Spritz Reading App Not for Novels

Frank Waldman, the CEO and co-founder of Spritz, wants to change the we way we absorb information online.

Waldman is a serial entrepreneur who teamed up with consultant Maik Maurer to create a product that enables the fastest delivery system for content in an age where we consume so much on tiny-screen phones.

“We were looking for something that would evoke a spray of words,” Waldman told Business Insider when discussing the origins of the Spritz name.

The app enables readers to digest content at a rapid pace on a small screen. For example, you can read an entire novel in under 90 minutes.

Read more: http://www.businessinsider.com/spritz-speed-reader-app-2014-3#ixzz2vNYJRcwE

Spritz manipulates the format of the words to more appropriately line them up with the eye’s natural motion of reading.

The “Optimal Recognition Point” (ORP) is slightly left of the center of each word, and is the precise point at which our brain deciphers each jumble of letters.

The unique aspect of Spritz is that it identifies the ORP of each word, makes that letter red and presents all of the ORPs at the same space on the screen.

In this way, our eyes don’t move at all as we see the words, and we can therefore process information instantaneously rather than spend time decoding each word.

 

xiSS8E7

oo2oOpm

For technical applications and for, say, work or school purposes, okay, maybe. Any way to get through a textbook faster is good. But for reading novels? To this I say, NO NO NO. NO. For me, a book is to be savored. I don’t go out and order my favorite food just to gobble it up as fast as I can and say, “Didn’t really taste, it. Didn’t really enjoy it. But I choked it down in record time!”

The placement of a word on a page, whether its a stand alone sentence or part of a larger paragraph, white spaces, specialized fonts, sections breaks, section indentations, my beloved ellipses… Those elements are just as important to the story as the words are. That’s what brings in pacing, tone, atmosphere, style. A good book is about so much more than just the words.

I also enjoy the hell out of turning a page, or even the electronic equivalent of swiping my finger across the screen. There’s a feeling of anticipation with each new page that adds to the tension of “What’s gonna happen next?” In the smallest of ways, it allows a reader to interact with the story. It allows us to engage rather than observe.

Fortunately, I think the application for this product is not intended for “recreational use.”  I think it’s designers see it as a way to gobble up online content– news articles, technical journals, e-mails, research, etc., in a more economical way.

I think I’m okay with that. But don’t expect me to Spritz the next installation of the Dresden Files. Harry Dresden is a man that deserves to be savored.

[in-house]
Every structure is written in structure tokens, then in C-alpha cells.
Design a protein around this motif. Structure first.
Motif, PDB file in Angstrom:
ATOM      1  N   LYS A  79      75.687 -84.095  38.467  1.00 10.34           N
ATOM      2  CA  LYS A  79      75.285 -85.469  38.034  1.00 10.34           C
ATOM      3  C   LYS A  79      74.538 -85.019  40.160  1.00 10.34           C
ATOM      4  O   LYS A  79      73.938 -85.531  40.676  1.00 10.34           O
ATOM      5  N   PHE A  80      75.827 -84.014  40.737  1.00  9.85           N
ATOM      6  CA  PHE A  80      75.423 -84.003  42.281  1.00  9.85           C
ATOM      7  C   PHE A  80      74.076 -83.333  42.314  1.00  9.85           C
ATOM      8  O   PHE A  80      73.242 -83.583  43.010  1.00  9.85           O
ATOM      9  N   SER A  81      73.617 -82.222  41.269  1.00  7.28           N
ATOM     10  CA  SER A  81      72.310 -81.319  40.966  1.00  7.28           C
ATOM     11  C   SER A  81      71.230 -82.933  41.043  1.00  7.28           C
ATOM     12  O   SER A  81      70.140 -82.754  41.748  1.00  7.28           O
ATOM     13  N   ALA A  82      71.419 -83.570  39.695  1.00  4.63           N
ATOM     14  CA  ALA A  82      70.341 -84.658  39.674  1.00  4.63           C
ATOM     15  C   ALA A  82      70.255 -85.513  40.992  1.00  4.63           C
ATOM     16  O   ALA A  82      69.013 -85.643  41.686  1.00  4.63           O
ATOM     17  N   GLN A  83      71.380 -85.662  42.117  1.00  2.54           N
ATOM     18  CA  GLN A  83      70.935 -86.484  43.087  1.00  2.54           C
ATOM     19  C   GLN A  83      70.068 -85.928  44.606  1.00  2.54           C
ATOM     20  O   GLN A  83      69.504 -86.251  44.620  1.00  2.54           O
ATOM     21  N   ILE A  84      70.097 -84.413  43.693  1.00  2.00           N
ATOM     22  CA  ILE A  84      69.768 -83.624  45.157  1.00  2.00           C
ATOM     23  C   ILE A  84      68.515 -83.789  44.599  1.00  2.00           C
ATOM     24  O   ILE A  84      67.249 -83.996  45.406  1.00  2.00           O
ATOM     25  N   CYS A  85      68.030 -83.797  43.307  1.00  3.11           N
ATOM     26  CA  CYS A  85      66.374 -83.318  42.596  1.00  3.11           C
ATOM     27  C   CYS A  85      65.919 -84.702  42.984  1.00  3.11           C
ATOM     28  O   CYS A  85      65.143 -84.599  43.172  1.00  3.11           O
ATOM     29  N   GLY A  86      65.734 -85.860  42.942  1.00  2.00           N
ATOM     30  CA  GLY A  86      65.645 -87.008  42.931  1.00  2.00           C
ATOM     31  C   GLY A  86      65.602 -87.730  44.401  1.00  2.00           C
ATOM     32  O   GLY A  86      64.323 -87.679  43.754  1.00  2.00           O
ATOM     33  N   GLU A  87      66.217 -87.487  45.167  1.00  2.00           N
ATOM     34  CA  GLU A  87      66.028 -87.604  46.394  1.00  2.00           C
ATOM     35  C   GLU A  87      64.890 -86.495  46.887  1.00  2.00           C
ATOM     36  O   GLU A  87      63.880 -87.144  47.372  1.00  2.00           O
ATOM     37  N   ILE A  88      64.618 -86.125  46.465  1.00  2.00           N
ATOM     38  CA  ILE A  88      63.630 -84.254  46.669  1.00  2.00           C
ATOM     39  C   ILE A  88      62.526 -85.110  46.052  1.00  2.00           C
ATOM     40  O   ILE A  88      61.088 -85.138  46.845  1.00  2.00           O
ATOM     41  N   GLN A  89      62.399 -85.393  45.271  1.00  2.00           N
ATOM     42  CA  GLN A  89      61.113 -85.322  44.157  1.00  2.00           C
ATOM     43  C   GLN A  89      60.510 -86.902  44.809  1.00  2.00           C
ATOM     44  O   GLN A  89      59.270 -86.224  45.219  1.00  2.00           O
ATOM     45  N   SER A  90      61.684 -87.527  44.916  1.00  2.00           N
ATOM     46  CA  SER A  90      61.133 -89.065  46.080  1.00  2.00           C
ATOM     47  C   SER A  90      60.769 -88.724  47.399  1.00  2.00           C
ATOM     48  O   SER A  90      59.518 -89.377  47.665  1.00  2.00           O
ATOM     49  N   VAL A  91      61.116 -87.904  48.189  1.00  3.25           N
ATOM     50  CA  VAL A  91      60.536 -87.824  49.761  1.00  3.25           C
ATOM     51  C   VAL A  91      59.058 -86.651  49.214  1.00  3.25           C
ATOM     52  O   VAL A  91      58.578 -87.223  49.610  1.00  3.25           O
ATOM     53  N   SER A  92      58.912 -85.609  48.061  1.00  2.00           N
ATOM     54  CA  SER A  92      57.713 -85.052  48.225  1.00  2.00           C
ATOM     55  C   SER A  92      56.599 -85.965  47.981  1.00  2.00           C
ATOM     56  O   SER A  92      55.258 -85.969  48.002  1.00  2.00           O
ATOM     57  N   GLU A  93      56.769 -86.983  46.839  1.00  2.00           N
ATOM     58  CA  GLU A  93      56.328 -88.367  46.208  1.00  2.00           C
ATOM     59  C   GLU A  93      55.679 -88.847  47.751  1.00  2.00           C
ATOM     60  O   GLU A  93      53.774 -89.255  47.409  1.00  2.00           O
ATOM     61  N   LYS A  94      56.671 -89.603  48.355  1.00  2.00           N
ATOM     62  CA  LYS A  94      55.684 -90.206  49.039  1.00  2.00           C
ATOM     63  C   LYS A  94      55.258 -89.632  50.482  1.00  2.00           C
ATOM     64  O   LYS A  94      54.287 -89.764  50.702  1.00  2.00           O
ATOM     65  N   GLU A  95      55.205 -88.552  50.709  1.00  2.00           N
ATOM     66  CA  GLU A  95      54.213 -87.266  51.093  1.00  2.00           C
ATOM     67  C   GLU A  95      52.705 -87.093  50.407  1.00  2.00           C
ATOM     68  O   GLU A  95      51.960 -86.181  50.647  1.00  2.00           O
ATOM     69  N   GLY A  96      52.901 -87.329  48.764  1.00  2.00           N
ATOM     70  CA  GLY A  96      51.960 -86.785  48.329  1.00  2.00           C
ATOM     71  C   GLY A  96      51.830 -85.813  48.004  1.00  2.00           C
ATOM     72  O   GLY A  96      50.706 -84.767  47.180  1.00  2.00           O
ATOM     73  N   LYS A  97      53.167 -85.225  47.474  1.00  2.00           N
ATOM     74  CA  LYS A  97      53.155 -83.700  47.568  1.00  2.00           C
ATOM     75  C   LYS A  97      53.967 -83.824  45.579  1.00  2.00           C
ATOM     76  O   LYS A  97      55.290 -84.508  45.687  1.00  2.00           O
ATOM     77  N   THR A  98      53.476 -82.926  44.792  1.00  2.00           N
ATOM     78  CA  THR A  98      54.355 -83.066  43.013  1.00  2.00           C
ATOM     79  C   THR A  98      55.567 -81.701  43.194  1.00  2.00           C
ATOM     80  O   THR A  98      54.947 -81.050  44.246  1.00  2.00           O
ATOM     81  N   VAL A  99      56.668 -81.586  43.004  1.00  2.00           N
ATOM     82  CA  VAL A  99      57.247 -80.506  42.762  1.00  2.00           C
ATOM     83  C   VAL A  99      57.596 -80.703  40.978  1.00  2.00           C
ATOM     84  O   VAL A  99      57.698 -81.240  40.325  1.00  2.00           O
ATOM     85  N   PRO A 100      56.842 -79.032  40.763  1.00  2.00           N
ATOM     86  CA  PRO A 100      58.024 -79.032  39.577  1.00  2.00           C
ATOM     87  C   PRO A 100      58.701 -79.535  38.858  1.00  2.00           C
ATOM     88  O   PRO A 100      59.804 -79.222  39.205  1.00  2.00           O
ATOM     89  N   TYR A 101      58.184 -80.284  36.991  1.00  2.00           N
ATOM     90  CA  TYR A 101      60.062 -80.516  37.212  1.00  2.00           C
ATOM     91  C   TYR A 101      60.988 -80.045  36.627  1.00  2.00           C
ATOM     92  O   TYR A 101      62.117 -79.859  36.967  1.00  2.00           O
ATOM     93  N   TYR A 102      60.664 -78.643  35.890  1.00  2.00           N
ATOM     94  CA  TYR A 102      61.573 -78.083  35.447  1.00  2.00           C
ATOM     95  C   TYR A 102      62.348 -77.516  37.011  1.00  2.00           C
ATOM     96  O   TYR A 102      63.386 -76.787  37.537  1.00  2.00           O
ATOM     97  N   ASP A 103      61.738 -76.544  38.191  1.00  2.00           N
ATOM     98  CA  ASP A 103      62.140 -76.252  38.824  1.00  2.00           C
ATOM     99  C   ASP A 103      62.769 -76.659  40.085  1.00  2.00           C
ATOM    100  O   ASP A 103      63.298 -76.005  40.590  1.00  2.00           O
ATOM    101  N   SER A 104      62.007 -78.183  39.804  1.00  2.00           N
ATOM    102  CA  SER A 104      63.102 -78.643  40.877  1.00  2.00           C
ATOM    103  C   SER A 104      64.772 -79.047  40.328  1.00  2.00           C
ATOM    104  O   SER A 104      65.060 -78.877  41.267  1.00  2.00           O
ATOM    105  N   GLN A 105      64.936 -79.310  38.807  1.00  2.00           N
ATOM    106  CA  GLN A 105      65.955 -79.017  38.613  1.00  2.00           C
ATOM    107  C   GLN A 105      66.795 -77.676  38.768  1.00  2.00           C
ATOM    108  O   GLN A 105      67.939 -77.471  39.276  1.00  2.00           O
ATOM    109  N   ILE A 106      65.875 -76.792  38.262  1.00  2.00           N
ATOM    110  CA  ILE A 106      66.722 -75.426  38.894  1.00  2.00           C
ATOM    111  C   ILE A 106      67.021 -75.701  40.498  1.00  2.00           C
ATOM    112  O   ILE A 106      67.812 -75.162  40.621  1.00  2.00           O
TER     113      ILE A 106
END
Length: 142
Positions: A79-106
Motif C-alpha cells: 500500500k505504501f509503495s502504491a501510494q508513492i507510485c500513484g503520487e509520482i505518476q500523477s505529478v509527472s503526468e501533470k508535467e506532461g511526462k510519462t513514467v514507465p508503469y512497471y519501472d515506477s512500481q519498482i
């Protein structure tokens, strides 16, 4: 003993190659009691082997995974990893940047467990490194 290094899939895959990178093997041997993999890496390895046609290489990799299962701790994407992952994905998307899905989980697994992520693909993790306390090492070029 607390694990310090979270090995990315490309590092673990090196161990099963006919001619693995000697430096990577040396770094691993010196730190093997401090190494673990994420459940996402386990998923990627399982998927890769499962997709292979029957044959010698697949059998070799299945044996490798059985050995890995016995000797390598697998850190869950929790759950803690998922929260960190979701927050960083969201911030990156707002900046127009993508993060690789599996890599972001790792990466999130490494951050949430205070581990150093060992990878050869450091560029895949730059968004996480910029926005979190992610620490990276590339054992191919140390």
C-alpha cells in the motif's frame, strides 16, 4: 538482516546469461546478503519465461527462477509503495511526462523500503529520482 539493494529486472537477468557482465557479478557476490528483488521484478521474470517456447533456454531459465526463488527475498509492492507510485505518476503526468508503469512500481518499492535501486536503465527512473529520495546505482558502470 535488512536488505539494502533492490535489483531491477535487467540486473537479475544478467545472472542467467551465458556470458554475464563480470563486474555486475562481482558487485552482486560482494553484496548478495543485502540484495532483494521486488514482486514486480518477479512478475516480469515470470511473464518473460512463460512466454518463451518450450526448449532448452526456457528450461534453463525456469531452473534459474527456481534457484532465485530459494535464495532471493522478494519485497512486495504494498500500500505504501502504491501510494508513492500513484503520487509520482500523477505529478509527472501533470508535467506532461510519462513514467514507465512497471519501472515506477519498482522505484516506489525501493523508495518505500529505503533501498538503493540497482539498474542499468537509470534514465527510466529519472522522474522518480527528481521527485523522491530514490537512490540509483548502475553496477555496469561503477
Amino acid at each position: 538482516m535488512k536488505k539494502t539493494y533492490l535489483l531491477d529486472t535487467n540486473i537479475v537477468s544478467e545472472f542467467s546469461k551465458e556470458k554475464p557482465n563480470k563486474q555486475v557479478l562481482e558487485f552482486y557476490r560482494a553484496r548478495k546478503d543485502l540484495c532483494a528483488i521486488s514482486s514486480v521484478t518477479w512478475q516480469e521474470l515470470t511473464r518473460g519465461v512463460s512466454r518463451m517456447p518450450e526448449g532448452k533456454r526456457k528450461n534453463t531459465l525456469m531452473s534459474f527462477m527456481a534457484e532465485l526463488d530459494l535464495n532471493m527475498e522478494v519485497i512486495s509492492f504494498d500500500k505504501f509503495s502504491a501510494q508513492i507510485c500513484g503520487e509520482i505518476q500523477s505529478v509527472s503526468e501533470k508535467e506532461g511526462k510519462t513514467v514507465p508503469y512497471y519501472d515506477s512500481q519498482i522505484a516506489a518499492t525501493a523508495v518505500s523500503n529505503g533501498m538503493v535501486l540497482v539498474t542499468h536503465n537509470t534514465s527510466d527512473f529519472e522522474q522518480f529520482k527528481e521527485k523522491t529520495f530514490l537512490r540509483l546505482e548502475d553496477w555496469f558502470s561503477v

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8 Comments (+add yours?)

  1. Javier Garcia Rosell
    Mar 08, 2014 @ 14:31:46

    Love the idea, hope they made a version in blue instead of red (for color blind people like me)

    Reply

  2. chrispavesic
    Mar 08, 2014 @ 20:12:20

    This looks like wonderful technology for anything but novels, short stories, and so forth. I just imagined reading anything by Charles Dickens in this format and I shuddered! (And yes–Dresden needs to be appreciated page-by-page!)

    Reply

  3. squee1313
    Mar 08, 2014 @ 21:09:51

    Oh, yeah. I read Dresden as sloooowly as possible because I know it’s going to be forever before the next one comes out.

    Reply

  4. Widdershins
    Mar 08, 2014 @ 22:13:22

    Reading is one thing, which the examples you embedded showed is easily done, but comprehending? Or actually remembering what one just read… that’s a horse of an entirely different kettle of fish.

    … perhaps this is only about consuming words like one eats fairy floss at the fair.

    Reply

  5. Tonya R. Moore
    Mar 12, 2014 @ 02:33:38

    I could see myself using this app for research and sifting though mountains of information. Reading a novel though? Nah. If it comes to that I may as well not bother reading one at all.

    Reply

  6. Carla
    Mar 14, 2014 @ 18:22:42

    I would totally try it with a novel. I read so slow that I can’t read near as much as I want to. And to try it doesn’t mean that it will work for me. But, like everything else, I believe it takes time to adjust and learn a new skill. I think this falls under that category. For a long time I’ve wanted pages to go by my eyes at high speed because I truly believe this works. Thanks for all the effort that went into this product. I can hardly stand the wait for it. I’m onboard! 🙂

    Reply

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